UPDATED: The two large lobbying groups trying to cultivate more state support for Norwegian farmers set aside some of their most spicy rhetoric on Tuesday and headed back to the state’s bargaining table. Agriculture Minister Sylvi Listhaug, meanwhile, seemed inclined to sweeten what she had on offer, but talks didn’t last long.
The farmers are demanding hundreds of millions of kroner in additional state support, in the form of both direct subsidies, price setting, other regulatory measures and protectionist policies. The state initially offered NOK 150 million more than the roughly NOK 13 billion the farmers got last year, equivalent to an average 3.5 percent pay raise for all farmers. The farmers, however, demanded NOK 1.5 billion in additional support and slammed the state’s offer as a “provocation” when they only got 10 percent of what they wanted.
Political winds changing
In the week that’s passed, though, rumblings from opposition parties in Parliament, along with the government’s own two support parties, indicate they may back Listhaug’s offer. She didn’t, they’ve reasoned, propose any cuts in state support and actually increased it, so the government’s offer was better than expected.
Others also hail the new conservative government’s attempt to finally force through what Aftenposten commentator Joacim Lund has called “a healthy and long-sought debate on Norwegian food production.” Politicians within the small farmer-friendly Center Party, Lund wrote recently, have tried to halt the debate before it began, making “ridiculous” threats and accusations along the way. Norwegian consumers aren’t as passive as they once were, though, and restaurant owners and even many farmers themselves are among those who hail Listhaug’s effort to make some reforms.
It’s worth noting that the farmers were also angry and dissatisfied when their own Center Party held government power and ran the agriculture ministry. They didn’t feel they got enough support during eight years of the last left-center government, either.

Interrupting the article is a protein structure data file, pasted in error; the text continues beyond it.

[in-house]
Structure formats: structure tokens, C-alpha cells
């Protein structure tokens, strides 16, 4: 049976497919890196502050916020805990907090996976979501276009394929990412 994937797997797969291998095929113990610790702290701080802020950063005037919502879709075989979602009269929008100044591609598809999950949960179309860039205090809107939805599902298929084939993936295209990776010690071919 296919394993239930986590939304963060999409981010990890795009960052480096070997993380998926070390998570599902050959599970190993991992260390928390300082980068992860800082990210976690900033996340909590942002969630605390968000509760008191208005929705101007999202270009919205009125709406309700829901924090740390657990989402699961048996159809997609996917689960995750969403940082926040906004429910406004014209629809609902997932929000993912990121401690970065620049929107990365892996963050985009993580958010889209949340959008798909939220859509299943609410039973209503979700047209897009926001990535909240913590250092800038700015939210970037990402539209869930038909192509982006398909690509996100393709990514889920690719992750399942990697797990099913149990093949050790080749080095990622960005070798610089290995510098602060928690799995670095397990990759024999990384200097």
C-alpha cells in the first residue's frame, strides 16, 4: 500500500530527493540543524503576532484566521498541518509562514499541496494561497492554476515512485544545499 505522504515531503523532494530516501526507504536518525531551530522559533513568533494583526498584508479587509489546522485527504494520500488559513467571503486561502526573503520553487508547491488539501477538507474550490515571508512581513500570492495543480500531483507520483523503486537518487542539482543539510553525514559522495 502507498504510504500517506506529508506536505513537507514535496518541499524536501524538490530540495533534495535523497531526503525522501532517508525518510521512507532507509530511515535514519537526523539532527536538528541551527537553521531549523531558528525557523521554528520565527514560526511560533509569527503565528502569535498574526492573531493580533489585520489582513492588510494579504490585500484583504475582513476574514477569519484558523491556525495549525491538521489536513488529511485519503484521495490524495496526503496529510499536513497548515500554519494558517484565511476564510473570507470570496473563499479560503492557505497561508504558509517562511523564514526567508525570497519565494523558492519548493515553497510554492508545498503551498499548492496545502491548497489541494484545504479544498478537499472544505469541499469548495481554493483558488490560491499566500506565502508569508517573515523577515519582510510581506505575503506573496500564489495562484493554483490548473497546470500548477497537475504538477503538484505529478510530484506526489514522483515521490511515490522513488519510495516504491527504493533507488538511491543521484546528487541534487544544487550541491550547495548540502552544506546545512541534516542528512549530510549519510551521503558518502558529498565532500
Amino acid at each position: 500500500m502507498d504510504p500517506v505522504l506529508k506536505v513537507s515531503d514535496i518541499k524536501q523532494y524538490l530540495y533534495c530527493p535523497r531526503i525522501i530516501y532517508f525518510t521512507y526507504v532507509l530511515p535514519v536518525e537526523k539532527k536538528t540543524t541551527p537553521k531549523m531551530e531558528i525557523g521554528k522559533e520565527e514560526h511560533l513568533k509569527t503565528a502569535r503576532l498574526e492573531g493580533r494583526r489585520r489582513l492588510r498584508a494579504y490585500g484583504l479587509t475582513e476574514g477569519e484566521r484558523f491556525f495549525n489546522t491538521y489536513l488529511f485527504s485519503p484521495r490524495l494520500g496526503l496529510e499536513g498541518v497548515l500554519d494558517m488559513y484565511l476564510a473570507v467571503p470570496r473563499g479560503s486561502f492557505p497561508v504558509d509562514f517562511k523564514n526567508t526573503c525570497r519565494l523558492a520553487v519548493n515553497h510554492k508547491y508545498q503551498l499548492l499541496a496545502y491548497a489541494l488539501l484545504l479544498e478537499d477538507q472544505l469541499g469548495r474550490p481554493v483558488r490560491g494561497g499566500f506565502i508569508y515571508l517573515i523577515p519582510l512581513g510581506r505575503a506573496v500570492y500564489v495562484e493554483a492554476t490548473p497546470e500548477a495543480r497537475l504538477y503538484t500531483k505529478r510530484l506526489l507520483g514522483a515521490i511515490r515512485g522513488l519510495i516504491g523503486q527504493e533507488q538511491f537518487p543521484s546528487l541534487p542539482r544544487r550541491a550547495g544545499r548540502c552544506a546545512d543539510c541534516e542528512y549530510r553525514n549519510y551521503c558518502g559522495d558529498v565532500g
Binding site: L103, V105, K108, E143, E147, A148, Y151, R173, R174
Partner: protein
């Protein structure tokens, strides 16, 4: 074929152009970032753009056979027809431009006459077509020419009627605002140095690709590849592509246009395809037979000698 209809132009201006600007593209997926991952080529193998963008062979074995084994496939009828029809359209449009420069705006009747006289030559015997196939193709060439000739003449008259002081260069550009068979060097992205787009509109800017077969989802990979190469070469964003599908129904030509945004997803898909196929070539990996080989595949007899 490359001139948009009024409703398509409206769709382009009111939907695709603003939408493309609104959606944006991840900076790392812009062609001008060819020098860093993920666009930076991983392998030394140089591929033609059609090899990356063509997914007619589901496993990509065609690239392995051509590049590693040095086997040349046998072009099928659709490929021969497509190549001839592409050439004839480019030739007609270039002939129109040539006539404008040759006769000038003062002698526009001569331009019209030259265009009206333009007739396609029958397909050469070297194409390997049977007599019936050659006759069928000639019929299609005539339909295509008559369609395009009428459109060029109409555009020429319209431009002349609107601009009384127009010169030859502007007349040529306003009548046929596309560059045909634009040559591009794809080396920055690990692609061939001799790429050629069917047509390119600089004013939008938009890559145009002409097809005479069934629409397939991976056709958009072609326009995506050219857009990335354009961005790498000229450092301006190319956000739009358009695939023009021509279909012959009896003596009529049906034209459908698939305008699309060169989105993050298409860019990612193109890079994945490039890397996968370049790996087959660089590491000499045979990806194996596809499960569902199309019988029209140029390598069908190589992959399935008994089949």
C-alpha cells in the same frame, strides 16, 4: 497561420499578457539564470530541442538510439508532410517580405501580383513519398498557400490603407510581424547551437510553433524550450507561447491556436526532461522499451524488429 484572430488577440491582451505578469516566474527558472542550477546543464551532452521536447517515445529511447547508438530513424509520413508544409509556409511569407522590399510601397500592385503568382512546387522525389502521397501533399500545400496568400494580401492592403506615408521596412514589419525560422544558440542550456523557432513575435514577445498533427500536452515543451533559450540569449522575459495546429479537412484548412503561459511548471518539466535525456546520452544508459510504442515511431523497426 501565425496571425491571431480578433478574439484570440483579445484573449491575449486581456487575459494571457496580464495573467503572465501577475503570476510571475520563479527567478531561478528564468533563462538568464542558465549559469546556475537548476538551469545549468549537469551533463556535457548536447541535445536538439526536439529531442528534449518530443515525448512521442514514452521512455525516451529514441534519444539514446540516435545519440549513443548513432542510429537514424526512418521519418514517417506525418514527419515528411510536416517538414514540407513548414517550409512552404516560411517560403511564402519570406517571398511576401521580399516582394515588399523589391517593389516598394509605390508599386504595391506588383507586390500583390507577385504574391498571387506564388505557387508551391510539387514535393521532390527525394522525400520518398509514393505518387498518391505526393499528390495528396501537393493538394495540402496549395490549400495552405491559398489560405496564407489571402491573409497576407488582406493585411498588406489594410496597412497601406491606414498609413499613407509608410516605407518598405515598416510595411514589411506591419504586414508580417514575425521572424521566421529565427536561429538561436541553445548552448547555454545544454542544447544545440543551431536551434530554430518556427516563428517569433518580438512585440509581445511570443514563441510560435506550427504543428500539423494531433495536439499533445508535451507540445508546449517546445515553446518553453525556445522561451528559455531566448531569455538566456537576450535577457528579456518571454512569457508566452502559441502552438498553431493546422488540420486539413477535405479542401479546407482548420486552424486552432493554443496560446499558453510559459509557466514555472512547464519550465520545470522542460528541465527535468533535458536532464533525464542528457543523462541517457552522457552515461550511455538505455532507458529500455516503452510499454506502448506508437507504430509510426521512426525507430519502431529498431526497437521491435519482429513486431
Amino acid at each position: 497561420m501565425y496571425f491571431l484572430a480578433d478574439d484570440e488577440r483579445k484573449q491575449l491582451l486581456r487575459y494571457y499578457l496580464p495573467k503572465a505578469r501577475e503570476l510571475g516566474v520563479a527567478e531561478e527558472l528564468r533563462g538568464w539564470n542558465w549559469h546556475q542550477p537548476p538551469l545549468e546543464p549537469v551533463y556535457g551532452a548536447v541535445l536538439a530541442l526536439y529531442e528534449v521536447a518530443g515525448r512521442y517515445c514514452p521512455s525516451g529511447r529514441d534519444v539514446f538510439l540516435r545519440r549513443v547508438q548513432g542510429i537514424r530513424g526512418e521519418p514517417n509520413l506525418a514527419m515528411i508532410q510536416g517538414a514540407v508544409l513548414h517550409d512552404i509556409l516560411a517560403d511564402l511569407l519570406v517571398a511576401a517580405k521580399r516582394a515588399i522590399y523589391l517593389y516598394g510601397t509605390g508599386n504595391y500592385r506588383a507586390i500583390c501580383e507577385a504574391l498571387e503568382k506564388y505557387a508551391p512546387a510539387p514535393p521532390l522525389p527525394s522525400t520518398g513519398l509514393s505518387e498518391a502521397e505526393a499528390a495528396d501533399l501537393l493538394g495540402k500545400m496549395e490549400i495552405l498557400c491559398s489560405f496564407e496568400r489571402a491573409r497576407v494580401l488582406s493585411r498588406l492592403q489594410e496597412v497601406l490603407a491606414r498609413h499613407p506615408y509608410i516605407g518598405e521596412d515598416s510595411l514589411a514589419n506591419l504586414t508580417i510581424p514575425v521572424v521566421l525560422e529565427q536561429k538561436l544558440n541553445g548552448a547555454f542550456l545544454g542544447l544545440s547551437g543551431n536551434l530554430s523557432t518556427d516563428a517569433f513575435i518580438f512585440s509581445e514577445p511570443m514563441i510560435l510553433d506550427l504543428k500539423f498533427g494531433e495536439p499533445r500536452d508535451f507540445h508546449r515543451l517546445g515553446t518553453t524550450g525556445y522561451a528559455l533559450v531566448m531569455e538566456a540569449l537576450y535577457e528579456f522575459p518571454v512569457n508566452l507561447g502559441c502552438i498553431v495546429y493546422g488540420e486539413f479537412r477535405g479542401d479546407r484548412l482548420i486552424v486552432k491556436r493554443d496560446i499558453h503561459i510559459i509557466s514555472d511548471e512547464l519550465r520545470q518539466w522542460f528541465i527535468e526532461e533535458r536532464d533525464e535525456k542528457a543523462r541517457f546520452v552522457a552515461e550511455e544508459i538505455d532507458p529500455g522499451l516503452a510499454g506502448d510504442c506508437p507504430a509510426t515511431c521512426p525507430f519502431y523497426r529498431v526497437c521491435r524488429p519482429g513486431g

Fears of ‘industrialized’ farming
Despite the much-reported gap between the farmers’ demands and the state’s offer, the farmers may ultimately realize that they can only push their luck so far. They’ve been offered more than what many other working groups are getting during annual spring wage negotiations, and the state stresses that its proposals for agricultural reform in Norway are aimed at boosting food production every bit as much as the farmers’ are. The difference is that the government, led by the Conservatives and the Progress Party, promotes more economy of scale and wants to make it more lucrative for larger-scale farmers to be able to make farming a full-time job.
Farming organizations claim that will come at the expense of the small farmers in isolated areas of Norway, who won’t get the same level of state support they do now. They want it to be as lucrative for the owner of a small plot of land to have a few cattle and raise crops as it is for the large farmer with much bigger herds closer to population centers. Otherwise, they claim, Norwegian agriculture will become “industrialized.”
It’s a question of how much more protection and support Norwegians will give their farmers in a country that already has the highest food prices in the world and tough restrictions on imports. Farmers argue that most Norwegians can afford the high prices, because generally high salaries make food a smaller drain on household budgets than in other countries.
The farmers also hope that if they reject even a sweetened offer from the government, they may stand to gain more support in parliament. It’s the government, though, that’s supposed to negotiate with the farmers, not Members of Parliament. That’s why Nils T Bjørke, leader of the farmers’ biggest organization Norsk Bondelag, and his colleagues decided to head back to the state’s table, after spending the weekend refining their positions. Both sides were supposed to reach agreement by the end of the week but talks broke off after just a half-hour. Now the matter will be settled in parliament after all.